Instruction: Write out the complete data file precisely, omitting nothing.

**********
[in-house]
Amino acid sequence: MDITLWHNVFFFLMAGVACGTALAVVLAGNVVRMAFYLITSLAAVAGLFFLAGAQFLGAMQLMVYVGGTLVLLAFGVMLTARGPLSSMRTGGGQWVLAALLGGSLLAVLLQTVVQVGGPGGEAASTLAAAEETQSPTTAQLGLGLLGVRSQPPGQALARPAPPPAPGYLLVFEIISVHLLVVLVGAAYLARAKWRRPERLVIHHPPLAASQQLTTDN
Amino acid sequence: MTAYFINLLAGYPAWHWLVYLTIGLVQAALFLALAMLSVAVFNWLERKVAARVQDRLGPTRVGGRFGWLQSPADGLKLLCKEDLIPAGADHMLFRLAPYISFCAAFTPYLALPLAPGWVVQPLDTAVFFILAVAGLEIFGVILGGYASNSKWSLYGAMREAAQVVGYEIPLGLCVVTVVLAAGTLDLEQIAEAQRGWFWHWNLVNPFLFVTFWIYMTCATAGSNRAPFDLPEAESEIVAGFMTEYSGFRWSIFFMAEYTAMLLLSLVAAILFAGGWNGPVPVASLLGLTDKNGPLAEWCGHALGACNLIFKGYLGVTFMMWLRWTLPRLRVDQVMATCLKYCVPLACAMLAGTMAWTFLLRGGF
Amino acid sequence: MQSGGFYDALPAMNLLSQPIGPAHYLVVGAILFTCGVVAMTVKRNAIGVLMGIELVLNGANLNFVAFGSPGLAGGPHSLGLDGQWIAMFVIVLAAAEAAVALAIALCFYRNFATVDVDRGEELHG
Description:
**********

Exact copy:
[in-house]
Amino acid sequence: MDITLWHNVFFFLMAGVACGTALAVVLAGNVVRMAFYLITSLAAVAGLFFLAGAQFLGAMQLMVYVGGTLVLLAFGVMLTARGPLSSMRTGGGQWVLAALLGGSLLAVLLQTVVQVGGPGGEAASTLAAAEETQSPTTAQLGLGLLGVRSQPPGQALARPAPPPAPGYLLVFEIISVHLLVVLVGAAYLARAKWRRPERLVIHHPPLAASQQLTTDN
Amino acid sequence: MTAYFINLLAGYPAWHWLVYLTIGLVQAALFLALAMLSVAVFNWLERKVAARVQDRLGPTRVGGRFGWLQSPADGLKLLCKEDLIPAGADHMLFRLAPYISFCAAFTPYLALPLAPGWVVQPLDTAVFFILAVAGLEIFGVILGGYASNSKWSLYGAMREAAQVVGYEIPLGLCVVTVVLAAGTLDLEQIAEAQRGWFWHWNLVNPFLFVTFWIYMTCATAGSNRAPFDLPEAESEIVAGFMTEYSGFRWSIFFMAEYTAMLLLSLVAAILFAGGWNGPVPVASLLGLTDKNGPLAEWCGHALGACNLIFKGYLGVTFMMWLRWTLPRLRVDQVMATCLKYCVPLACAMLAGTMAWTFLLRGGF
Amino acid sequence: MQSGGFYDALPAMNLLSQPIGPAHYLVVGAILFTCGVVAMTVKRNAIGVLMGIELVLNGANLNFVAFGSPGLAGGPHSLGLDGQWIAMFVIVLAAAEAAVALAIALCFYRNFATVDVDRGEELHG
Description: